“Why Everything You Know is Wrong.” Once in a while, Childhood Obesity News puts up a post with some variation of that title. Of course, everything we know isn’t wrong–but how do we know? How can we be sure? As Dr. David Katz (who has been a Childhood Obesity News guest blogger) says, we are “under constant assault by distorted, contorted, titillating, and insipid headlines.” Assailed by the multitude of “facts” that fly at us from every media outlet, on every possible subject, how can the average person sort the wheat from the chaff?
Dr. Katz is the director of the Yale Prevention Research Center and editor-in-chief of the journal Childhood Obesity. With such an academic background, one of his pet peeves is the blog that refers to another blog, which traces back to another blog, and so on, without ever referencing the original source.
He offers some hints for avoiding the “Everything is Wrong” Syndrome. One is to recognize hyperbole when we see it. What is hyperbole? Intentional and obvious overstatement, embellishment, embroidery—in other words, over-the-topness. We can train ourselves to prefer illumination over titillation, which in many cases requires nothing more than applying common sense. Dr. Katz says:
If you only read headlines, just about everything you think you know will be wrong…
Remember there were equally credible (or incredible) headlines last week, saying the opposite…
“Trust, but verify,” is how The Economist summarizes the scientific process. One of the first rules of scientific exploration is that an experiment must be repeatable by another scientist using the same protocol. This provides a chance for a shoddily-designed experiment or a fallacious analysis to be identified and, hopefully, corrected.
The reporter for The Economist reveals that venture capitalists in the biotechnology field operate by a rule of thumb that at least half of published research can’t be replicated. When you consider that there are now, in the world, between 6 and 7 million active researchers, that adds up to a lot of dubious findings and unverifiable results. But knowing what is false is just as important as knowing what is true. It really gets serious when people’s lives are at stake:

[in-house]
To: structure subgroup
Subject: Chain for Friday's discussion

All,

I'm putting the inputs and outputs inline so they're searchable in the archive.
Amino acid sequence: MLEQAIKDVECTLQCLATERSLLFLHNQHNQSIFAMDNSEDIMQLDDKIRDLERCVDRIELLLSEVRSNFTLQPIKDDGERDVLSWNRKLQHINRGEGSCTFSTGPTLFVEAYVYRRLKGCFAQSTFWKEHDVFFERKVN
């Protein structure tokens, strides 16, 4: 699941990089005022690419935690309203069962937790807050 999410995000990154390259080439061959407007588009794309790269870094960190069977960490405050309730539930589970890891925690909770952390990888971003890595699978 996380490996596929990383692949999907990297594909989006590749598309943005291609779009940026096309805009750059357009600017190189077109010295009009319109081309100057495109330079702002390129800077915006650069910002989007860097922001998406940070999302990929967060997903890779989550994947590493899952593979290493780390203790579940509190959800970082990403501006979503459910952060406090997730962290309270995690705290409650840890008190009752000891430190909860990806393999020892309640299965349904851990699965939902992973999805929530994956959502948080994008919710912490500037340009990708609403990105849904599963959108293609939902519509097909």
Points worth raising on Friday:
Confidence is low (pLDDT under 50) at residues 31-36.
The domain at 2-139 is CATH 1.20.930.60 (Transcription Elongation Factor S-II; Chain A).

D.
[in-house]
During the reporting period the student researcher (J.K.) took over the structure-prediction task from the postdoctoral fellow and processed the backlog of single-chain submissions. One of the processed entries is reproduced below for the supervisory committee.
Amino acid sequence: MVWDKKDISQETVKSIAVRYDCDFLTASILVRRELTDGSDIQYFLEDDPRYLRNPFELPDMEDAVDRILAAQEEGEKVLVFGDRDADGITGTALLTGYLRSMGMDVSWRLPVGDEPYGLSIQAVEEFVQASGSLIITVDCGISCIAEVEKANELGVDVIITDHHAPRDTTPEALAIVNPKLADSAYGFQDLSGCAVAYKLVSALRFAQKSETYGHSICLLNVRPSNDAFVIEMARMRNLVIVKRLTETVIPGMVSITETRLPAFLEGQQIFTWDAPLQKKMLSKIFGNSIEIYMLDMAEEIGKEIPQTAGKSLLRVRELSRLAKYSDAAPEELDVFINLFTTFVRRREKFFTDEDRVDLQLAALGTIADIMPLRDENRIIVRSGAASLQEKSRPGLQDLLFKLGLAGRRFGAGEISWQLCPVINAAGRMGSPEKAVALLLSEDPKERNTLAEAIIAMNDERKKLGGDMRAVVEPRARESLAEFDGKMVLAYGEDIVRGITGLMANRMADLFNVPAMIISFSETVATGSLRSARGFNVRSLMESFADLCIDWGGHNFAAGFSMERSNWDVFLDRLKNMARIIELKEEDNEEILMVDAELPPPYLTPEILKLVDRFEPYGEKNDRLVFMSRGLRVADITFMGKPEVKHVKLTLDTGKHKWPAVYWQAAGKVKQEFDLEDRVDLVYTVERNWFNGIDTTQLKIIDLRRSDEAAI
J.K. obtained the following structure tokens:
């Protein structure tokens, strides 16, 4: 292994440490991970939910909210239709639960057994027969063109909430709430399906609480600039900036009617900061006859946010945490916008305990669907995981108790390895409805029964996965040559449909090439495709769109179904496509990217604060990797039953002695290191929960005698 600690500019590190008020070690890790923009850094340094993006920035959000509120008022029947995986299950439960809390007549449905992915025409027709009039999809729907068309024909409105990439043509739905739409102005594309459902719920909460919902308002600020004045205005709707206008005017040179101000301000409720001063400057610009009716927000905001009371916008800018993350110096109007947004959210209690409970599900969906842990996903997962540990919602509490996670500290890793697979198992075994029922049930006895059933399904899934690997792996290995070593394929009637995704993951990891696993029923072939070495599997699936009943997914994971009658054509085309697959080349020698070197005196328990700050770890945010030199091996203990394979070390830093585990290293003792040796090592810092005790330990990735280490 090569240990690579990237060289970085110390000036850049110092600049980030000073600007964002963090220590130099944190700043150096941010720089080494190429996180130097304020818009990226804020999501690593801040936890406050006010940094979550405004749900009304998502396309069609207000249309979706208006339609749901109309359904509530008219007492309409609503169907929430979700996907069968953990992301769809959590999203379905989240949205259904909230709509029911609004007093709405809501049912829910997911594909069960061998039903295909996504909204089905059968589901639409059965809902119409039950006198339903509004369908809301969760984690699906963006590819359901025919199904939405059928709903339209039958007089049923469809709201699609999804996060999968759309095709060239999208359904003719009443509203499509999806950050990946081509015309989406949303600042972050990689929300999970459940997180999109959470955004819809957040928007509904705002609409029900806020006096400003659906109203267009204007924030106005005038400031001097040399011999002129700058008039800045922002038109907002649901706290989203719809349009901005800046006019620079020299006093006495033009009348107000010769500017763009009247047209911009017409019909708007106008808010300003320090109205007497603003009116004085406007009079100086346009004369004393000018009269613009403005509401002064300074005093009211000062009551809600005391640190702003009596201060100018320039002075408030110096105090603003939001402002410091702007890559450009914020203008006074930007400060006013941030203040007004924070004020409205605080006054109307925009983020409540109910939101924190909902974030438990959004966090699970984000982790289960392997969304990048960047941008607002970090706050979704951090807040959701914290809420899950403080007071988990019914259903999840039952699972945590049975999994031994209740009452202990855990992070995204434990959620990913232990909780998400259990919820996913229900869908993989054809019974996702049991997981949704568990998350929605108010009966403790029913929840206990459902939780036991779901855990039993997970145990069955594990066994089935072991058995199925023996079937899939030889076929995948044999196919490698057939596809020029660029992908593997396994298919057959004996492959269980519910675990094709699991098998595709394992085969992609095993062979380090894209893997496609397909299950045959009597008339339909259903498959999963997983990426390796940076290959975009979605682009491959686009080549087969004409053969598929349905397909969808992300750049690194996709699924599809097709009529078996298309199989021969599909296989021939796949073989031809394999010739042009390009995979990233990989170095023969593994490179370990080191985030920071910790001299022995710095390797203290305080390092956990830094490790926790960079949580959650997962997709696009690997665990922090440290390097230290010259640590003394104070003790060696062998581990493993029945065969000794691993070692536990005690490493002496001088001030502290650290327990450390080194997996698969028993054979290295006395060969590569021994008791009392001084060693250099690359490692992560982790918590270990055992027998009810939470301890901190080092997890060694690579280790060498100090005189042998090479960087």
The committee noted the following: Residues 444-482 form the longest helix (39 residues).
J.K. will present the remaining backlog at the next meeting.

In 2000-10 [sic] roughly 80,000 patients took part in clinical trials based on research that was later retracted because of mistakes or improprieties.
Things have come to such a pass that feisty, Glasgow-based general practitioner Des Spence declares “evidence-based medicine is broken.” Mainly, this is because the pharmaceutical industry funds much research, a circumstance that provides much potential for chicanery. Spence notes:
Corruption in clinical research is sponsored by billion dollar marketing razzmatazz and promotion passed off as postgraduate education… Today EBM is a loaded gun at clinicians’ heads. “You better do as the evidence says,” it hisses, leaving no room for discretion or judgment. EBM is now the problem, fueling over-diagnosis and over-treatment.
University of Leeds researcher Prof. Patricia McKinney once wrote a notably significant sentence. Her topic (a concurrence of toxoplasmosis and brain cancer) was very different from childhood obesity, but this elegantly phrased observation could apply to just about any scientific study, anywhere:
This is a technically sound hypothesis-generating paper and, viewed as such, is interesting. It doesn’t tell us much, other than pointing towards some further investigation.
Now, that’s turning a phrase.
Your responses and feedback are welcome!
Source: “The Gravity of Misinformation,” HuffingtonPost.com, 04/11/14
Source: “How science goes wrong,” economist.com, 10/19/13
Source: “Evidence based medicine is broken,” BMJ.com, 01/03/14
Source: “Is the parasite Toxoplasma gondii linked to brain cancer?,” DiscoverMagazine.com, 07/26/11
Image by Jean-Pierre